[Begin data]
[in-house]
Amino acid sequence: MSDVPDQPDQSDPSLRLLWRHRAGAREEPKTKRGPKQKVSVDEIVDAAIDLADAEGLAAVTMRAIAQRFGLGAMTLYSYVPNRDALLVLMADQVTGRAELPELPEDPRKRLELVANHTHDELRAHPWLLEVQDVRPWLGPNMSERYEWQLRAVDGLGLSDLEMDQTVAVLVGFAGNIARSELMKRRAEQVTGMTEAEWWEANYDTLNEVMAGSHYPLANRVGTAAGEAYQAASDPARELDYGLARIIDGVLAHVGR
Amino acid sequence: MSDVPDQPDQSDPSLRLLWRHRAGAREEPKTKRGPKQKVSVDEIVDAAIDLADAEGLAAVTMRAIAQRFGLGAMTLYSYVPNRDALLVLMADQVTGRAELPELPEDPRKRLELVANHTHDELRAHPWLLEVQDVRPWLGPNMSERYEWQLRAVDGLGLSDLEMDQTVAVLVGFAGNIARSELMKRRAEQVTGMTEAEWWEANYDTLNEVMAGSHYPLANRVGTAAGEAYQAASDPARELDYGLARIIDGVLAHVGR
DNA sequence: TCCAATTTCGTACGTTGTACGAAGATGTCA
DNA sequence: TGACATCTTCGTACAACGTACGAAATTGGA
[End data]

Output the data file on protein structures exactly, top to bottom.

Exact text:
[in-house]
Amino acid sequence: MSDVPDQPDQSDPSLRLLWRHRAGAREEPKTKRGPKQKVSVDEIVDAAIDLADAEGLAAVTMRAIAQRFGLGAMTLYSYVPNRDALLVLMADQVTGRAELPELPEDPRKRLELVANHTHDELRAHPWLLEVQDVRPWLGPNMSERYEWQLRAVDGLGLSDLEMDQTVAVLVGFAGNIARSELMKRRAEQVTGMTEAEWWEANYDTLNEVMAGSHYPLANRVGTAAGEAYQAASDPARELDYGLARIIDGVLAHVGR
Amino acid sequence: MSDVPDQPDQSDPSLRLLWRHRAGAREEPKTKRGPKQKVSVDEIVDAAIDLADAEGLAAVTMRAIAQRFGLGAMTLYSYVPNRDALLVLMADQVTGRAELPELPEDPRKRLELVANHTHDELRAHPWLLEVQDVRPWLGPNMSERYEWQLRAVDGLGLSDLEMDQTVAVLVGFAGNIARSELMKRRAEQVTGMTEAEWWEANYDTLNEVMAGSHYPLANRVGTAAGEAYQAASDPARELDYGLARIIDGVLAHVGR
DNA sequence: TCCAATTTCGTACGTTGTACGAAGATGTCA
DNA sequence: TGACATCTTCGTACAACGTACGAAATTGGA